The world knew him as a force for opera, leading the New York City Opera for 35 years and spearheading the careers of Placido Domingo and Beverly Sills. Western New York knew him as the music director, for an eventful six years, of the Buffalo Philharmonic Orchestra.
From either perspective, the elegant, Viennese-born conductor Julius Rudel, who died Thursday at 93, left an impressive legacy.
As a young woman in New York City, BPO Music Director JoAnn Falletta greatly admired his conducting.
“As a student I would go to the New York City Opera and listen to his rehearsals,” she said. “I remember what amazing rehearsals he ran. He heard everything. He would conduct for a long time, then stop and talk about a list of things to improve and correct. I was always dazzled by that, that he could hear so clearly and so well.”
Rudel led the Philharmonic from 1978 to 1984. His last concert with the orchestra was in 2002, when, at 81, he returned as guest conductor.
“He was a very gracious and wonderful man,” Falletta said. “I know our musicians loved seeing him. He always brought a special elegance and a special kind of courtly European charm to the orchestra. He was responsible in a very real way for their polished and European approach to music-making.”
Rudel arrived at the BPO at a touchy time, when the Buffalo music community was divided over the avant-garde programming of Michael Tilson Thomas and Lukas Foss. The new music director’s classical sensibilities were cheered by traditionalists and looked at with skepticism by those who favored musical experimentation.
His warmth and musicianship, though, won over listeners across the board. Musicians admired Rudel for his high artistic standards and his passion for music.
“He knew how to get the music out of us,” said BPO first violinist Marylouise Nanna, who conducts frequently as music director of the Ars Nova Musicians. “He was always wonderful when he did those concerts with opera stars. That was his niche. You could tell he was in heaven when he was doing that.”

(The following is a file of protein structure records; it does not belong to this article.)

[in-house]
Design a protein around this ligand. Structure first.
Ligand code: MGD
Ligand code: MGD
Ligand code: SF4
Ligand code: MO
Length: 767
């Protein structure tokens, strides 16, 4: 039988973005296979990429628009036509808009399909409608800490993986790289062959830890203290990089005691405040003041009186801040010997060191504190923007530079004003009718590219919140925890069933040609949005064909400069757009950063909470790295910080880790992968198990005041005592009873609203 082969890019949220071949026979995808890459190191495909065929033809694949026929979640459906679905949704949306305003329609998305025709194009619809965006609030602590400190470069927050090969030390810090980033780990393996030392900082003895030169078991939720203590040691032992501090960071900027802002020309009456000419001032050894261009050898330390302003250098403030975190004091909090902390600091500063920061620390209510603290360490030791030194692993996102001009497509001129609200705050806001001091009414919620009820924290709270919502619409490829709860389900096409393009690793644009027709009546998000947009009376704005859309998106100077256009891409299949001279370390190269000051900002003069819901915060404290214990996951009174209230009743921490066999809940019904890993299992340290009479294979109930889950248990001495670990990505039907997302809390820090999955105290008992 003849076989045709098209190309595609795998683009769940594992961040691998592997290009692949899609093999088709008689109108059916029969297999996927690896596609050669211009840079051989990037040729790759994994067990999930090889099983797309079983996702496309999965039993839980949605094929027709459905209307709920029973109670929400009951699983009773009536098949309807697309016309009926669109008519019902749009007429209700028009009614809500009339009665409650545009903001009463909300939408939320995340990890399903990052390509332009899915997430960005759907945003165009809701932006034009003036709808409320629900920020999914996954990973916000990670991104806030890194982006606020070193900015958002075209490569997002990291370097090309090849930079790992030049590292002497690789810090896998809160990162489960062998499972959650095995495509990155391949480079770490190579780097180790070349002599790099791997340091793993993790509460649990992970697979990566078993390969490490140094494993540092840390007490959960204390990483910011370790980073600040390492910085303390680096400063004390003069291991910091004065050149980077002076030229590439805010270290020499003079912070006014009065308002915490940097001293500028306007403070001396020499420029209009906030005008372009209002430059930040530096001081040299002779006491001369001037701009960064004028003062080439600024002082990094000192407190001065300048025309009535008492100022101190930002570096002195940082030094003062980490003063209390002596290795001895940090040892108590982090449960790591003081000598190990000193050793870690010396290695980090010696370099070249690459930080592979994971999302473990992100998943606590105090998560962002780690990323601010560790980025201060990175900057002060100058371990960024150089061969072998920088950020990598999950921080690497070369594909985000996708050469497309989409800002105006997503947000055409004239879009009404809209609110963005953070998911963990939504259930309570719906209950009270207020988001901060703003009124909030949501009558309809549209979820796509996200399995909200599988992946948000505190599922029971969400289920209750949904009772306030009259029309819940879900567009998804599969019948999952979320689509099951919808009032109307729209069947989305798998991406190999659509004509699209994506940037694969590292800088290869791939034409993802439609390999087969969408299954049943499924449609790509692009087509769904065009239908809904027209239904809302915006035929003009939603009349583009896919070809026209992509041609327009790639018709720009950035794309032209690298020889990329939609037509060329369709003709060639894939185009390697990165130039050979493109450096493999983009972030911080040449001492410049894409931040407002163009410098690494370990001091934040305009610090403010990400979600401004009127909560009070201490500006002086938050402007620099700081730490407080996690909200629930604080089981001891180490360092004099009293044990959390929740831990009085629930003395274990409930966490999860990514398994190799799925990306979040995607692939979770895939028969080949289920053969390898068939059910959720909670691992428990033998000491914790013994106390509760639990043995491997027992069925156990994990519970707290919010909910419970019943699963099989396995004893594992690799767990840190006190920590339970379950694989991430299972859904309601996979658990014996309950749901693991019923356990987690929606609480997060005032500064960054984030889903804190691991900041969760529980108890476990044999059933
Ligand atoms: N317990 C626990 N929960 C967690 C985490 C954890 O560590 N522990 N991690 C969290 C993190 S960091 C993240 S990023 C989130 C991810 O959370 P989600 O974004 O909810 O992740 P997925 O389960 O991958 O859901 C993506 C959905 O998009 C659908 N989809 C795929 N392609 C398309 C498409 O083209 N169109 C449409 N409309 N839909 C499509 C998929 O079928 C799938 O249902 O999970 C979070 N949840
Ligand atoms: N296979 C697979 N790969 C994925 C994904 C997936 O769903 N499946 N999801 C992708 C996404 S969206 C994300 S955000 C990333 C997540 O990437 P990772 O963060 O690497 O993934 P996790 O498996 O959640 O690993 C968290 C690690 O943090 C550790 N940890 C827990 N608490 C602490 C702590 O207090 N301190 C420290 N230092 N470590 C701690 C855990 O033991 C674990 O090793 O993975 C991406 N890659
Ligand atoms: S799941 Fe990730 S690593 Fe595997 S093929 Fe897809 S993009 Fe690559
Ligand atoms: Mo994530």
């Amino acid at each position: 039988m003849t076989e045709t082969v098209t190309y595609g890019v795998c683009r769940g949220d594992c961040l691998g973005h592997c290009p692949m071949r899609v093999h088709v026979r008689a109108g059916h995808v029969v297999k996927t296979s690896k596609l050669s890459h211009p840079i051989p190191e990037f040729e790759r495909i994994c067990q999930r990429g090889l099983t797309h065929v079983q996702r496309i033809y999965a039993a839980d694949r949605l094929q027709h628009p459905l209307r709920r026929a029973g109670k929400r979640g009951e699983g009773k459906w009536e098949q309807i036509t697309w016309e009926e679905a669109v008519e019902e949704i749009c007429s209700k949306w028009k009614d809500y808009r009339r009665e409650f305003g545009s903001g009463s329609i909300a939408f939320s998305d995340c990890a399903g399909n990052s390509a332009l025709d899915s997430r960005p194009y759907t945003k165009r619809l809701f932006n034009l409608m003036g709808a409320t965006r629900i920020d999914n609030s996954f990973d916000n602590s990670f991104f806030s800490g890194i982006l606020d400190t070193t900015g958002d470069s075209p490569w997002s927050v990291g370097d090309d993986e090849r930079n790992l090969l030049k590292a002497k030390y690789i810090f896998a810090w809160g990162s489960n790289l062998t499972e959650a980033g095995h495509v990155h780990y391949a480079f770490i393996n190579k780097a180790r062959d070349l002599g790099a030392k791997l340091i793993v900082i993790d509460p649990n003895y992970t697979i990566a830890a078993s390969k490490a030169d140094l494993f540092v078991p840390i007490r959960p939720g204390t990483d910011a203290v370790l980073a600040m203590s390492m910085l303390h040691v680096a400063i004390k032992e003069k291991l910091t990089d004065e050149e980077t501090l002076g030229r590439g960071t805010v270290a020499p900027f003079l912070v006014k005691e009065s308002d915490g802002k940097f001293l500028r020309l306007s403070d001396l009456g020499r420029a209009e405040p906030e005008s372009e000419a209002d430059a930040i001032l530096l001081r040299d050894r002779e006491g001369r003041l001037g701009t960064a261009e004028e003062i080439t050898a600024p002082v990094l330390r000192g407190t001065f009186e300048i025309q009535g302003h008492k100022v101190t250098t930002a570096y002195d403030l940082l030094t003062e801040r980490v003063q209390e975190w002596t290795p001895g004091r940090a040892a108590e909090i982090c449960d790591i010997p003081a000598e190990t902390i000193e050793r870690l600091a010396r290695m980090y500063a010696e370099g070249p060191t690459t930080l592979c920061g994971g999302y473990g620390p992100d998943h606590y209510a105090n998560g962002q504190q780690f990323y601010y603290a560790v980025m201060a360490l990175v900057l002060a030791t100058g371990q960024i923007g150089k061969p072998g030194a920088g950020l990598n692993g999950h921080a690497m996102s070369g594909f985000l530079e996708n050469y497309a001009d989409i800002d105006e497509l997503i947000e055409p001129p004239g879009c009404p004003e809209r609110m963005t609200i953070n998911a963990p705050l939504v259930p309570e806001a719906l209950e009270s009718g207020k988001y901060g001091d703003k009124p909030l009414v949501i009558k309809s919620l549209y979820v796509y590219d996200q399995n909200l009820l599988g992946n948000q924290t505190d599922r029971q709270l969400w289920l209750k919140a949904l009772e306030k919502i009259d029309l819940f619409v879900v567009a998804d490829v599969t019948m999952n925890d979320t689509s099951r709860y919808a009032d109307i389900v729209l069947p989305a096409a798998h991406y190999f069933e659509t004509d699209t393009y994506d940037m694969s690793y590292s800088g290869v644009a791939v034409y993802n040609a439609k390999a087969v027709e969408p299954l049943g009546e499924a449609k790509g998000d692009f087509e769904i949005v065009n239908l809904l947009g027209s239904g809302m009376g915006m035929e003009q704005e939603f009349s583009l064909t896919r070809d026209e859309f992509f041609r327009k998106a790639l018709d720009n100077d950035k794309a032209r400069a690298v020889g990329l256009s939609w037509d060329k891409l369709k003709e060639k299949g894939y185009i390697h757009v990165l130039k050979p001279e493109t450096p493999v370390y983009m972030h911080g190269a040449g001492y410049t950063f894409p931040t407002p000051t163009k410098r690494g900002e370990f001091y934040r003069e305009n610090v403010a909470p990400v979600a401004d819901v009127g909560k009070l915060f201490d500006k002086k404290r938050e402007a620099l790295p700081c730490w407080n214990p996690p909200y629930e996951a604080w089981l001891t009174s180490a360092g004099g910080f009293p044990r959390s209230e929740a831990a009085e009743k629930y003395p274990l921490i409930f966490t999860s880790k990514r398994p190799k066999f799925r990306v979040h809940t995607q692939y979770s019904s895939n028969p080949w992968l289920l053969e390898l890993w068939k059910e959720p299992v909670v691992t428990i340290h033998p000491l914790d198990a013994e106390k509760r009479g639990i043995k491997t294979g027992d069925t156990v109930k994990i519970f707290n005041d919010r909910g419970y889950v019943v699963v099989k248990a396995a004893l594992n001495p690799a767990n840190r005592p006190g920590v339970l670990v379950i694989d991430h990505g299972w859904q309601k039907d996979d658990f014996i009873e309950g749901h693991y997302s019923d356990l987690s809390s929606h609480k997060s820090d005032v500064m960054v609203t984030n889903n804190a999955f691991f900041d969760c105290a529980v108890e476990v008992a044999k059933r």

As a boy in Vienna, Rudel saw the operas “Der Rosenkavalier” and “Elektra” conducted by their composer, Richard Strauss. As a tot of 2, he watched the famous diva Maria Jeritza sing “Carmen.”
He was 16 when he and his family, who were Jewish, had to leave Vienna because of the gathering Nazi threat.
“There was no choice. It was that or oblivion,” he told The News in an interview when he was 81 and returning to the BPO as guest conductor. “For me, it was very lucky that I was able to come to America and continue my studies here.”
Looking back on his years with the BPO, Rudel recalled several triumphs that stood out in his mind.
“There was a St. Matthew Passion that I thought came off very well,” he said. “The Mahler Fifth. Prokofiev’s Third. The Liszt Faust Symphony.”
Nanna recalled with pleasure an extensive California tour the BPO made with Rudel. “We enjoyed it very much. We did nice things – Wagner, Ravel,” she said. “I remember we got wonderful reviews when we were there. His programs were always well balanced. It was such a joy to play with him.”
Though saddened by Rudel’s death, Nanna had to laugh as she remembered the maestro’s striking good looks.
“There was one day we all got off the bus – it was very warm, and we’d been on a long bus ride, and we got to this very nice motel we were staying at. We’re all trudging in, and we see him – he’s sunning himself, and he looked like an Adonis. We almost flipped our lids. Good Lord, he was not a young man, but he looked so great. And there he was, to welcome us there.”
Rudel stayed active as a conductor until very recently. His son, Anthony, who married a woman from East Aurora and maintains ties to this area, was so influenced by his father’s love for opera that he wrote a novel about Mozart’s “Don Giovanni.”
A modest man, the maestro had to be coaxed by The News on his last visit into naming a few highlights of his career.
“My first time at the Staatsoper. My debut there,” he said, alluding to the Vienna State Opera, where stands a statue of his BPO predecessor, Josef Krips. “Or, when I conducted ‘Don Giovanni’ in Prague. That was frightening,” Rudel added. “To think of standing at the same place Mozart did!”
Rudel showed a touching humility about his own place in the musical world.
“It was just a dream,” he told The News. “I had no certainty at all about it that it would happen, that it could happen.”
Buffalo can feel fortunate to have been a part of that dream.
“I am very happy to be the beneficiary, at the BPO, of all his excellence in working with the orchestra,” Falletta said. “The BPO musicians and I bid him a very sad and very grateful farewell.”